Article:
Tim Henman Clashes With McEnroe Over Wimbledon Points Ban - UBITENNIS
Connect with us

Grand Slam

Tim Henman Clashes With McEnroe Over Wimbledon Points Ban

After an awkward exchange on live TV, Henman was unaware that an off-air conversation he was having with Eurosport host Barbara Schett was also being broadcasted.

Avatar

Published

on

A ball going over the net during the match between Andy Murray (GBR) and Milos Raonic (CAN) in the Gentlemen’s Singles final on Centre Court. The Championships 2016 at The All England Lawn Tennis Club, Wimbledon. Day 13 Sunday 10/07/2016. AELTC/Bob Martin

Following Naomi Osaka’s revelation that she may not play at this year’s Wimbledon Championships, Tim Henman found himself in a tense argument with John McEnroe during a live discussion on Eurosport UK.

 

The four-time Grand Slam champion is the biggest name to date to hint that she may not play in the grass-court major following the decision to remove points from the tournament. This year Wimbledon has banned Russian and Belarussian athletes from playing due to the Ukrainian war. A decision which has prompted anger from other governing bodies of the sport who argue it is unfair to ban a group of players due to their nationality. It is feared that other players might follow the same path as Osaka in the coming months.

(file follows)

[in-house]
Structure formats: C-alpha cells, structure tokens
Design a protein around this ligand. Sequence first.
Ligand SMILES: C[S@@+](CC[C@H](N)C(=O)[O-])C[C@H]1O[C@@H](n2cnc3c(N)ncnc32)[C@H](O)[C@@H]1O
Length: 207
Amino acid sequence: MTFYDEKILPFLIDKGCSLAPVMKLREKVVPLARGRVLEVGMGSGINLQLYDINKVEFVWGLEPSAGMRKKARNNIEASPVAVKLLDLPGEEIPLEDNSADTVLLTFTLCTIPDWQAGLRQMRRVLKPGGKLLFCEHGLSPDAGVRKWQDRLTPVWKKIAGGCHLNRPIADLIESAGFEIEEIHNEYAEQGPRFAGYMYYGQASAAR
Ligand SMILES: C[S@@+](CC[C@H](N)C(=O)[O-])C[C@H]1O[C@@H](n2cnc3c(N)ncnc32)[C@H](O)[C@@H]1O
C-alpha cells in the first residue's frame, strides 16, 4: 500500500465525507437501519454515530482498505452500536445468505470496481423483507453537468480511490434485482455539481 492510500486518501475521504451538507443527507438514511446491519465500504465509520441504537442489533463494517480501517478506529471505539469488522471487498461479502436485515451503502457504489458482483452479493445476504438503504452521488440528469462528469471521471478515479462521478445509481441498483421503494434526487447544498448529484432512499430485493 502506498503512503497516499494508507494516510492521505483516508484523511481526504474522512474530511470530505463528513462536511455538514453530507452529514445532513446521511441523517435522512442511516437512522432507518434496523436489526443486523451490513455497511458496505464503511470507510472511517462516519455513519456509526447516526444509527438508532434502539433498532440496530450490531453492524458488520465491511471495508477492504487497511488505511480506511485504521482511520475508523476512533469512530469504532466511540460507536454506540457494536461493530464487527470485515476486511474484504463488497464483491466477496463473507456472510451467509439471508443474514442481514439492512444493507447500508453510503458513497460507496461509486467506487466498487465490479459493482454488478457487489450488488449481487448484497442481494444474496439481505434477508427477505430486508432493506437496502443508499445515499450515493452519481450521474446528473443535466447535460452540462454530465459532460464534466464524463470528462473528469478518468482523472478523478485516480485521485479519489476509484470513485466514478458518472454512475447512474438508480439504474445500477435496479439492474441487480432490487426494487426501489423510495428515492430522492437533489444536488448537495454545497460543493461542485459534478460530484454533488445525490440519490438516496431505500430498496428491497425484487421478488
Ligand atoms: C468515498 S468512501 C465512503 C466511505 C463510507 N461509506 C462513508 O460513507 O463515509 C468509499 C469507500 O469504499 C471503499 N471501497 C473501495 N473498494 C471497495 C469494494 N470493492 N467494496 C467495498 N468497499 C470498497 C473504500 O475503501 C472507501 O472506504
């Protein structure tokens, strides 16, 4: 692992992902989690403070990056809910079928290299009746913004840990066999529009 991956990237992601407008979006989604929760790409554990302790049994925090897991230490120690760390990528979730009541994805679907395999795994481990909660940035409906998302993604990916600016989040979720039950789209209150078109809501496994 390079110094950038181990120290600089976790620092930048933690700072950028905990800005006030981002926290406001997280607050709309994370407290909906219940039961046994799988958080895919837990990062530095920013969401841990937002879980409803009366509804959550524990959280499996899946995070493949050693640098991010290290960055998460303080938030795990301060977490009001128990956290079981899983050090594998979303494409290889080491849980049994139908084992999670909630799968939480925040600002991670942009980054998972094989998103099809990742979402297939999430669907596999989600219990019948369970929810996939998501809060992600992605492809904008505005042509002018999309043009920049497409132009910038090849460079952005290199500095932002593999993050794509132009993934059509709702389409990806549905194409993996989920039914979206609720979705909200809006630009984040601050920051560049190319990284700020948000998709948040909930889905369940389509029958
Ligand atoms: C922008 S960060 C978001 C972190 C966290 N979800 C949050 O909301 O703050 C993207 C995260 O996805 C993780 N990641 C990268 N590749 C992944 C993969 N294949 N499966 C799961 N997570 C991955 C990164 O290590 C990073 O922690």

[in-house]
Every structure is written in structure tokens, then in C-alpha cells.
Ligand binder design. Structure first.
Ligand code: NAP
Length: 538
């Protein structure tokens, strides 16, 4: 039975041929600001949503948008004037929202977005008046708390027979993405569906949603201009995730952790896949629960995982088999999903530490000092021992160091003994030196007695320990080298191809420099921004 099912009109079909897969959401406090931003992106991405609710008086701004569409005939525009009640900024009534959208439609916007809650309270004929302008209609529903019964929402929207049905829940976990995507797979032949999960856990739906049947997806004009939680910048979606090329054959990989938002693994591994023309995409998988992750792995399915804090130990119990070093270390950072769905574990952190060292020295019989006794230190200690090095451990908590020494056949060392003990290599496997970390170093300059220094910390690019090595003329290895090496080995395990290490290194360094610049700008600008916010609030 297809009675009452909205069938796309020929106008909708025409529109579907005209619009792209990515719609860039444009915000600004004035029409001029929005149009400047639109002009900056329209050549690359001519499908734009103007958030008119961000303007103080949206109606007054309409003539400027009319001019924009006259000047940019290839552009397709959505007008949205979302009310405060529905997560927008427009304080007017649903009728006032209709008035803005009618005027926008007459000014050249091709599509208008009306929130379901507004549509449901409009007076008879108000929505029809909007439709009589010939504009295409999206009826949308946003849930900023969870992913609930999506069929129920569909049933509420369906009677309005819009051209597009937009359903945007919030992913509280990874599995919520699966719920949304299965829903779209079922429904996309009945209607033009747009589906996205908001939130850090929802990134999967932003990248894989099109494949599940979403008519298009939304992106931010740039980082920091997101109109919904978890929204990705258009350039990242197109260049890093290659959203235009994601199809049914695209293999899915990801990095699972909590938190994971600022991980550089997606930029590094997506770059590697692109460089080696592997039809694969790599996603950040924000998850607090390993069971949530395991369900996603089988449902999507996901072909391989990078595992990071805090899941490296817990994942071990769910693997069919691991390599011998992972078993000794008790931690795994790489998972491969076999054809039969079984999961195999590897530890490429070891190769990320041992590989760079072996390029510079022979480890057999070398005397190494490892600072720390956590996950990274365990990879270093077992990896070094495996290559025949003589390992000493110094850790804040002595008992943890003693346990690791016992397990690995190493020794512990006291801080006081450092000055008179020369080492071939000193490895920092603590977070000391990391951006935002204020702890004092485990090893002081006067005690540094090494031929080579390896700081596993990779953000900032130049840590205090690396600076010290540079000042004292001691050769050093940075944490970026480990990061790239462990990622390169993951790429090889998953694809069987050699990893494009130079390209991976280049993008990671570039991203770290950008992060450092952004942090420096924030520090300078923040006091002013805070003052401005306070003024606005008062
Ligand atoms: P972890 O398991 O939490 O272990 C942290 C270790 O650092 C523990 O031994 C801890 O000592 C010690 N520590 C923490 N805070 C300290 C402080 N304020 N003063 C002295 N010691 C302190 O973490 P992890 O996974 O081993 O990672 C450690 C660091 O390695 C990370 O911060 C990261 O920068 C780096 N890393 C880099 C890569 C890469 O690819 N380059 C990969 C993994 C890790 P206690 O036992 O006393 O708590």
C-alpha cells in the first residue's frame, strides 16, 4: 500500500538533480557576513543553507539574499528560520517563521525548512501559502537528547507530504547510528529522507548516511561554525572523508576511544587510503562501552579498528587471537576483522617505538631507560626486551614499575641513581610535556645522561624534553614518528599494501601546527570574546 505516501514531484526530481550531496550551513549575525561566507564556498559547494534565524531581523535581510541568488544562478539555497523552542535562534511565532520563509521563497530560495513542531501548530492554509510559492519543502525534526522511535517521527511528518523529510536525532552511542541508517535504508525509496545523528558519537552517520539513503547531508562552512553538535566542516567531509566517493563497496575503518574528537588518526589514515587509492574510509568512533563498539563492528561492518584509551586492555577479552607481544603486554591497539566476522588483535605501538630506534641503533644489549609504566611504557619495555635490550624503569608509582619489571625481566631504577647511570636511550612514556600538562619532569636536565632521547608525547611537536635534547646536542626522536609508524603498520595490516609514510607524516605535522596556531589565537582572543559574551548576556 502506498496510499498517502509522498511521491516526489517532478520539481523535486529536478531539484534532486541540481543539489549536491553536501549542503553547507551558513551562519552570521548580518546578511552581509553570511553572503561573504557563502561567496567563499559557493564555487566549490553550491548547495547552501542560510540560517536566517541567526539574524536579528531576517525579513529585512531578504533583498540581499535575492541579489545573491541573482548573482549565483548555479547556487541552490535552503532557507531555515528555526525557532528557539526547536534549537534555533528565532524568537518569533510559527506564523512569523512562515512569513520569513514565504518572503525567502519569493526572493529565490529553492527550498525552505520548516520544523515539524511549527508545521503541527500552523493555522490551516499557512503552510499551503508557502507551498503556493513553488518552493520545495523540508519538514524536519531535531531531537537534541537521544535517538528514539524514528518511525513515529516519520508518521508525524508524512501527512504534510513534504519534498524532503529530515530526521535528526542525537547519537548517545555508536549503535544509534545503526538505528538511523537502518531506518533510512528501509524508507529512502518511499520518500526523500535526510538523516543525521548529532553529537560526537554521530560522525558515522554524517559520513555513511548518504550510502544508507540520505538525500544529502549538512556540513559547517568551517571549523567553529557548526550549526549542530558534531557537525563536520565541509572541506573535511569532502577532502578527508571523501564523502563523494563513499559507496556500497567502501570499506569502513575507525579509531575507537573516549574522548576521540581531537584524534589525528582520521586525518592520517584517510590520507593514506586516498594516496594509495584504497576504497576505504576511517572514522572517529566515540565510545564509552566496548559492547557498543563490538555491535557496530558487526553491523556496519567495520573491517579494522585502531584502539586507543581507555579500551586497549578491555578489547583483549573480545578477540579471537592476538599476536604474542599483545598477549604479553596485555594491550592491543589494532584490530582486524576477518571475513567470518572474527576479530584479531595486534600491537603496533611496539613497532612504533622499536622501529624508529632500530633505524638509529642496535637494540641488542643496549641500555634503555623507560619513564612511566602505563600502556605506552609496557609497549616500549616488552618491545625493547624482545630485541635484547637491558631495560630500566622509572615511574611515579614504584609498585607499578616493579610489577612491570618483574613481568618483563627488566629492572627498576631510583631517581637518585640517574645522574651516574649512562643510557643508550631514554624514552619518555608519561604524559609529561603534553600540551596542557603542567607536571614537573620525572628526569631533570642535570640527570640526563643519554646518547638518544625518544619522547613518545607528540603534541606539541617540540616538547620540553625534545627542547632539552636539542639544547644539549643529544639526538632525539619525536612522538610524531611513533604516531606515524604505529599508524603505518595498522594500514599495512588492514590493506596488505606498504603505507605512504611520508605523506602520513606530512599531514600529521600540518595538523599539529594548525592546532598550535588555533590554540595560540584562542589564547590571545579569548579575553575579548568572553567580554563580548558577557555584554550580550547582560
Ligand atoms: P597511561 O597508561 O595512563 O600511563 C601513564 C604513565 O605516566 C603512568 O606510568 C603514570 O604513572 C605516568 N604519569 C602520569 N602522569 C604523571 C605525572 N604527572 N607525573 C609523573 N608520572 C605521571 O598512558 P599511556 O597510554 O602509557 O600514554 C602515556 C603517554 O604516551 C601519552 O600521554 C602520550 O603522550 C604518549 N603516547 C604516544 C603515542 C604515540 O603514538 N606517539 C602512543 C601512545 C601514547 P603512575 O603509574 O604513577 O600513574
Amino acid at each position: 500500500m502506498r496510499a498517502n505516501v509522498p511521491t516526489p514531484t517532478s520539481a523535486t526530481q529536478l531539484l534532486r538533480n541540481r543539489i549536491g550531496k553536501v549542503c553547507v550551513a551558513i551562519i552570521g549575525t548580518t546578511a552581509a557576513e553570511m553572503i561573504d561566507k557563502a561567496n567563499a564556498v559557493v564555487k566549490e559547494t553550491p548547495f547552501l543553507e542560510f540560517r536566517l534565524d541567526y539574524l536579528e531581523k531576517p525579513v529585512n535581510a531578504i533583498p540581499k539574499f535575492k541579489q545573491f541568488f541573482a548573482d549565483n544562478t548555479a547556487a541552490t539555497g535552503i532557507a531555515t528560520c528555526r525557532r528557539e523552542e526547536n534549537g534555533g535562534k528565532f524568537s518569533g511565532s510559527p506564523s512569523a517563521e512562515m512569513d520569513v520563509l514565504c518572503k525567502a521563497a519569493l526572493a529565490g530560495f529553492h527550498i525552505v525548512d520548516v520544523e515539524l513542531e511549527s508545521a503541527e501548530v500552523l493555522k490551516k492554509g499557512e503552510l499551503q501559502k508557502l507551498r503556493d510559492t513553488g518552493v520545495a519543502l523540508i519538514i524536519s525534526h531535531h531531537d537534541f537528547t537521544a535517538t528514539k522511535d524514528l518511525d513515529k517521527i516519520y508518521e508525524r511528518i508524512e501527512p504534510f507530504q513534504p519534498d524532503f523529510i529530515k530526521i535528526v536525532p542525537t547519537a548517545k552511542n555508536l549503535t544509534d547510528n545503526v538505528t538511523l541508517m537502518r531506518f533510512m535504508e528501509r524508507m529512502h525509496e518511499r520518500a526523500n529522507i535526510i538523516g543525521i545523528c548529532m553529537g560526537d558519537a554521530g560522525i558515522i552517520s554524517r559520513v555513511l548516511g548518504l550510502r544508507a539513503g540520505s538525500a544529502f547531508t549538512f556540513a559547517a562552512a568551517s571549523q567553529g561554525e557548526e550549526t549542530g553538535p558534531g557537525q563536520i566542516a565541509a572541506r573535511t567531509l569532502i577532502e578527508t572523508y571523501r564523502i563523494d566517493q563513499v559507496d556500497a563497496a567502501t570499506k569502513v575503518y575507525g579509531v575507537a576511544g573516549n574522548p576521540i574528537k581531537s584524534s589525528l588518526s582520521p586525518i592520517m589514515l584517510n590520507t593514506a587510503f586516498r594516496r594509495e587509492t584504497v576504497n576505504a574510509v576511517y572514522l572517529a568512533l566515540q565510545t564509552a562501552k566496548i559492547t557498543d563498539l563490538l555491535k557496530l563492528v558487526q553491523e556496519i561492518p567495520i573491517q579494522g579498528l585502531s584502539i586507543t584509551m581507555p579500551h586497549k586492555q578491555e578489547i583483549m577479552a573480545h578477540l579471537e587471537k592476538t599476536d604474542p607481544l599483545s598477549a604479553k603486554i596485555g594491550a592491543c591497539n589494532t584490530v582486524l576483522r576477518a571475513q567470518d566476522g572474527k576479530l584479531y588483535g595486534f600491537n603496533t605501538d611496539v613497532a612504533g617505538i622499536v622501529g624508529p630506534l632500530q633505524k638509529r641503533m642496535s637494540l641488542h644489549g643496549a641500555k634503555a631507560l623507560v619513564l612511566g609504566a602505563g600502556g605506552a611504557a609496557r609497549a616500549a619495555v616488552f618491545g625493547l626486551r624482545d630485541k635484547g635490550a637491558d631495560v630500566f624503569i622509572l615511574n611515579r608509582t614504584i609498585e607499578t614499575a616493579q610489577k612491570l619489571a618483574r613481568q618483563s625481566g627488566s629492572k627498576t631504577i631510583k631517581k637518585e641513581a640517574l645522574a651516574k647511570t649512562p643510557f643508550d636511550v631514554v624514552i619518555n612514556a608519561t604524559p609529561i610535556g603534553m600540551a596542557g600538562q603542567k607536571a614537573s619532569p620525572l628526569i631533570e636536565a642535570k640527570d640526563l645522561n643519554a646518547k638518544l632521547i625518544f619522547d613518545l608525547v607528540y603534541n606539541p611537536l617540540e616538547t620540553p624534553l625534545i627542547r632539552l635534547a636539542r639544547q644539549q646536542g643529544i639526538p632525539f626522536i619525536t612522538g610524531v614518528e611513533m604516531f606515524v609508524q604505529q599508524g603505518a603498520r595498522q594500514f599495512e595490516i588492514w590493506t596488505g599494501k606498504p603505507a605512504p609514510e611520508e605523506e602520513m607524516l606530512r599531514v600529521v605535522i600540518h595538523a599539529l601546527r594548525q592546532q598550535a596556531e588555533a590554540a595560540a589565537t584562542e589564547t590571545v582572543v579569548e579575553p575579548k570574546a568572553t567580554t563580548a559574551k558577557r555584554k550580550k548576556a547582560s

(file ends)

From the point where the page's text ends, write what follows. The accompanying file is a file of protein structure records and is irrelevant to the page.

Henman, who is a member of the All England Tennis Club board, played down any potential significance over Osaka’s latest comment. Insisting that he believes a ‘vast majority’ of players will still participate in the Grand Slam.

“At the end of the day she is speaking for herself. I think the vast majority of players would look at the opportunity of playing at Wimbledon, the history and prestige of the event,” Henman said during the live broadcast.
“For a top player like Naomi, she is capable of winning any tournament she plays, so the idea of her having the opportunity of potentially winning the Wimbledon title and then turning that down I was certainly surprised to hear that. That’s her prerogative.”